The Healthcare Equality Index, funded by Pfizer and PhRMA, pushed radical gender ideology on American hospitals by awarding points for all the policies Children’s National implemented.
It was 2019 when Beth Rempe, then a nurse at Children’s National Hospital in Washington, D.C., first noticed the change.
Doctors were wearing pins sporting the transgender flag. Nurses were asking children, most with no history of gender dysphoria, for their preferred pronouns, which were entered into an electronic record system and documented on white boards outside their rooms. More patients were on puberty blockers and cross-sex hormones, especially young girls. And the top-ranked hospital was telling staff that people could change gender based on their “mood,” according to slides from a mandatory training reviewed by the Washington Free Beacon.
The training, which was offered as recently as January, included a primer on “zi/hir” pronouns and used a “gender unicorn” to illustrate the “spectrum” of “other gender(s).”
By 2022, Rempe said, Children’s National was requiring staffers to use a patient’s preferred pronouns, no questions asked, even as European medical authorities were backing away from that practice, warning that on-demand gender affirmation could entrench dysphoria rather than reduce it, particularly in children. Worried the policy did more harm than good, Rempe asked for an exemption, which the hospital denied. She quit in early 2022.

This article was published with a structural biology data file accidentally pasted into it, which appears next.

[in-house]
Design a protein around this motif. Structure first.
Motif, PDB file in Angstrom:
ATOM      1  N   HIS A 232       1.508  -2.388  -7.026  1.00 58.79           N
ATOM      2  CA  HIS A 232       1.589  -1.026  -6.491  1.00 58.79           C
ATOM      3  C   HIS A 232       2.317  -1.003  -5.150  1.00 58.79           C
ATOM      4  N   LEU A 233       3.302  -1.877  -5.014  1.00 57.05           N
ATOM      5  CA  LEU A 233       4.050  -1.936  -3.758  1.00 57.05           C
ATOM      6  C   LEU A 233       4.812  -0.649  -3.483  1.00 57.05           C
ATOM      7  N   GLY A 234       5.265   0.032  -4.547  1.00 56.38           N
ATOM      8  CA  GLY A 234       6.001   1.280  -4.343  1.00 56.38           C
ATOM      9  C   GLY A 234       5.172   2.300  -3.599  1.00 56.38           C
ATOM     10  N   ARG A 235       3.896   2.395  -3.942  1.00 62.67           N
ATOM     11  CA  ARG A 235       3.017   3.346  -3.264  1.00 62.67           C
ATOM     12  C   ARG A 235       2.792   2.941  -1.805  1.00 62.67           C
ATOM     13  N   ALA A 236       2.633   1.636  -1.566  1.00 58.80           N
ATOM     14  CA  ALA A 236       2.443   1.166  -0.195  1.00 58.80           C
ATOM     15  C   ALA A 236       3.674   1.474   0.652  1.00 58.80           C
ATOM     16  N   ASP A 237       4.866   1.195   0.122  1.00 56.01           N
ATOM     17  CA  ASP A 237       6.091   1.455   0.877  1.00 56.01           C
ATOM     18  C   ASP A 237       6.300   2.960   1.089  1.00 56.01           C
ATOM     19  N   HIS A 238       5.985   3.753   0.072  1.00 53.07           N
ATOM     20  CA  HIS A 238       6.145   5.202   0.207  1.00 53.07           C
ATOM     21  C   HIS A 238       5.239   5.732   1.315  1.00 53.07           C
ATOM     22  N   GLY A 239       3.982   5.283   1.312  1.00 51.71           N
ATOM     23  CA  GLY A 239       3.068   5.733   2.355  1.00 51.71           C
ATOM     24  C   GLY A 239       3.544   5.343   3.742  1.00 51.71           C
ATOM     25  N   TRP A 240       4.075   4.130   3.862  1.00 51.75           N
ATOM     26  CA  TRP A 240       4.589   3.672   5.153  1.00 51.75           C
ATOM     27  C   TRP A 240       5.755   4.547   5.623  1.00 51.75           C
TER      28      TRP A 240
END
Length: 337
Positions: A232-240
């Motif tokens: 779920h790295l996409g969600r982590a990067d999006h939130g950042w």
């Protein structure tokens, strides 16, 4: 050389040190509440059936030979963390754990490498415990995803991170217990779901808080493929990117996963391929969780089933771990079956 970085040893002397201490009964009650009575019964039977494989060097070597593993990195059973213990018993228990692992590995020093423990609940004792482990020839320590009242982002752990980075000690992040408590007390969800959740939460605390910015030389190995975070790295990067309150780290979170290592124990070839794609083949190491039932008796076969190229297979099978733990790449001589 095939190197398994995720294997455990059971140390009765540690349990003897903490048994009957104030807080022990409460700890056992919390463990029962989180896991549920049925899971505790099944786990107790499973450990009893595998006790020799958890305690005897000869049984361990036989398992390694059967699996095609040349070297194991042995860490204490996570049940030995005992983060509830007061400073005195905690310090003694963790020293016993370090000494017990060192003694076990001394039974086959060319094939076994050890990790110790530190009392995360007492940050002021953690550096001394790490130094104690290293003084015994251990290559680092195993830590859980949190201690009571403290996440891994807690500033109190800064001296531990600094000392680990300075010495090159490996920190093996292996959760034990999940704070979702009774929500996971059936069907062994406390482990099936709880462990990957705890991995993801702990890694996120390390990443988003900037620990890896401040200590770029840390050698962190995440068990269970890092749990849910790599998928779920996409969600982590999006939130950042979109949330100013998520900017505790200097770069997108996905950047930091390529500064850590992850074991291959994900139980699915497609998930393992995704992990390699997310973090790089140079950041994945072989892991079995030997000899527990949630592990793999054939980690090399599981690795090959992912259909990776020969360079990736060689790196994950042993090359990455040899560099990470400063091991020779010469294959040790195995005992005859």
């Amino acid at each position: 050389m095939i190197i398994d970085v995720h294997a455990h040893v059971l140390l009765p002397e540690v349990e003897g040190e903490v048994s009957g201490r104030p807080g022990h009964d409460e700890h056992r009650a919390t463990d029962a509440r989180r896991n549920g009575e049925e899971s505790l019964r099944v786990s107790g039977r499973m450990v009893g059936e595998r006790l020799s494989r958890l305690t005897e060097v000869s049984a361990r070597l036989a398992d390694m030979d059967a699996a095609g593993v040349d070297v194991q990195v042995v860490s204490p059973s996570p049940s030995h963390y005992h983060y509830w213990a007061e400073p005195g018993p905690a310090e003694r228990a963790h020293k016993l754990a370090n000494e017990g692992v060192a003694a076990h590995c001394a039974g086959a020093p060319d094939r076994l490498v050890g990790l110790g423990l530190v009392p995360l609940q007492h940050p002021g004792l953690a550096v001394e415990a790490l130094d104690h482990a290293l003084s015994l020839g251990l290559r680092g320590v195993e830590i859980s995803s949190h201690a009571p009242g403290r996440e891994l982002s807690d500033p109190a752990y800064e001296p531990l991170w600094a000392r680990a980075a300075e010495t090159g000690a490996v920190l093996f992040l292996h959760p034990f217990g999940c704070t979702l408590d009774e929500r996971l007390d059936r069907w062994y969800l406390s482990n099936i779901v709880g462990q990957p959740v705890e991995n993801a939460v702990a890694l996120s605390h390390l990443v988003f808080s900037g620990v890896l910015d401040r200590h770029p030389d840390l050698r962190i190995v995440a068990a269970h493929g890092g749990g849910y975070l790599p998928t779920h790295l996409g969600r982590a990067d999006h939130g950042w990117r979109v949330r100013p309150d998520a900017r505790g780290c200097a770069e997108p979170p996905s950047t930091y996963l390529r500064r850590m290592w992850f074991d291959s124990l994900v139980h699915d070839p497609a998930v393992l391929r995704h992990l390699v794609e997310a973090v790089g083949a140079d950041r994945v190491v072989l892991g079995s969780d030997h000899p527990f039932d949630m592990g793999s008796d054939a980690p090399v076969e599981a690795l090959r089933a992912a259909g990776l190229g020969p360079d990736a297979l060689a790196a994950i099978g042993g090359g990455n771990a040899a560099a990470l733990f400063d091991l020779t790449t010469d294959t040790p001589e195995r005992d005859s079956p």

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“I was concerned that I would eventually have to administer puberty blockers and hormones, not just use the pronouns,” Rempe told the Free Beacon. “I kept finding myself in situations I wasn’t comfortable with ethically.”
Since her departure, Rempe has struggled to make sense of what happened to the hospital where she spent 16 years of her professional life. Was there a common thread behind the transgender flag pins, the pronouns, the puberty blockers, and the trainings and policies that enforced the new culture?
As it turns out, there is an outside force pushing hospitals in this direction.
The Human Rights Campaign’s Corporate Equality Index became a flashpoint last month when commentators posited that the scorecard was behind Bud Light’s decision to air an advertisement featuring the transgender TikTok personality Dylan Mulvaney. Well, it has a sibling.
Meet the Healthcare Equality Index, the Human Rights Campaign’s scorecard for hospitals that purports to measure the “equity and inclusion of their LGBTQ+ patients.” The index, which uses a 100 point scale, is funded by Pfizer and PhRMA, the trade association that lobbies on behalf of large pharmaceutical companies. And, Rempe noticed, it awards points for all of the policies Children’s National implemented.
According to a January article by researchers published in the New England Journal of Medicine (NEJM), two youths committed suicide in a taxpayer-funded cross-sex hormone study.